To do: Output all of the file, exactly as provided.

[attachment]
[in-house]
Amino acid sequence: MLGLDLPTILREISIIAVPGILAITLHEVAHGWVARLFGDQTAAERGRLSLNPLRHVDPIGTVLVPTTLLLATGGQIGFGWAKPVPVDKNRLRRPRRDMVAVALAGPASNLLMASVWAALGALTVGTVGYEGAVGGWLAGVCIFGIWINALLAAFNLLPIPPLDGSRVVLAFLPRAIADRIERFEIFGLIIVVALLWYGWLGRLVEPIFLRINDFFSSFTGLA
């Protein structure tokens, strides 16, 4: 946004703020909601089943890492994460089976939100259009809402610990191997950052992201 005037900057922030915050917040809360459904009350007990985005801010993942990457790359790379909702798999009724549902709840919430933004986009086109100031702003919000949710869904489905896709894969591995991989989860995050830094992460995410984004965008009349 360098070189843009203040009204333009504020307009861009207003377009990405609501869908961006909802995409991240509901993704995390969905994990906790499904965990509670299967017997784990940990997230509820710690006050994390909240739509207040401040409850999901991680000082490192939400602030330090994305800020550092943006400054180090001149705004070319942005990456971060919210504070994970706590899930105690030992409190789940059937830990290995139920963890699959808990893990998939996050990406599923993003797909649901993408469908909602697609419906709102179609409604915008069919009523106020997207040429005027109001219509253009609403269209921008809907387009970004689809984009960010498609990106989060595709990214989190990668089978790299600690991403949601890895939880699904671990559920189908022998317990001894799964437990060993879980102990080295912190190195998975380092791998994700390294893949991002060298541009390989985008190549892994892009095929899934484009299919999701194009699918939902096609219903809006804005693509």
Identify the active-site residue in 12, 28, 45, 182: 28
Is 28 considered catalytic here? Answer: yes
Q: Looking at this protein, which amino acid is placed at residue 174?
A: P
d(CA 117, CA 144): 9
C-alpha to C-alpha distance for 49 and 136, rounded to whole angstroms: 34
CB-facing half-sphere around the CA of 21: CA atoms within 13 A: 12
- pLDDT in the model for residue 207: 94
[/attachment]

[in-house]
Amino acid sequence: MLGLDLPTILREISIIAVPGILAITLHEVAHGWVARLFGDQTAAERGRLSLNPLRHVDPIGTVLVPTTLLLATGGQIGFGWAKPVPVDKNRLRRPRRDMVAVALAGPASNLLMASVWAALGALTVGTVGYEGAVGGWLAGVCIFGIWINALLAAFNLLPIPPLDGSRVVLAFLPRAIADRIERFEIFGLIIVVALLWYGWLGRLVEPIFLRINDFFSSFTGLA
């Protein structure tokens, strides 16, 4: 946004703020909601089943890492994460089976939100259009809402610990191997950052992201 005037900057922030915050917040809360459904009350007990985005801010993942990457790359790379909702798999009724549902709840919430933004986009086109100031702003919000949710869904489905896709894969591995991989989860995050830094992460995410984004965008009349 360098070189843009203040009204333009504020307009861009207003377009990405609501869908961006909802995409991240509901993704995390969905994990906790499904965990509670299967017997784990940990997230509820710690006050994390909240739509207040401040409850999901991680000082490192939400602030330090994305800020550092943006400054180090001149705004070319942005990456971060919210504070994970706590899930105690030992409190789940059937830990290995139920963890699959808990893990998939996050990406599923993003797909649901993408469908909602697609419906709102179609409604915008069919009523106020997207040429005027109001219509253009609403269209921008809907387009970004689809984009960010498609990106989060595709990214989190990668089978790299600690991403949601890895939880699904671990559920189908022998317990001894799964437990060993879980102990080295912190190195998975380092791998994700390294893949991002060298541009390989985008190549892994892009095929899934484009299919999701194009699918939902096609219903809006804005693509």
Identify the active-site residue in 12, 28, 45, 182: 28
Is 28 considered catalytic here? Answer: yes
Q: Looking at this protein, which amino acid is placed at residue 174?
A: P
d(CA 117, CA 144): 9
C-alpha to C-alpha distance for 49 and 136, rounded to whole angstroms: 34
CB-facing half-sphere around the CA of 21: CA atoms within 13 A: 12
- pLDDT in the model for residue 207: 94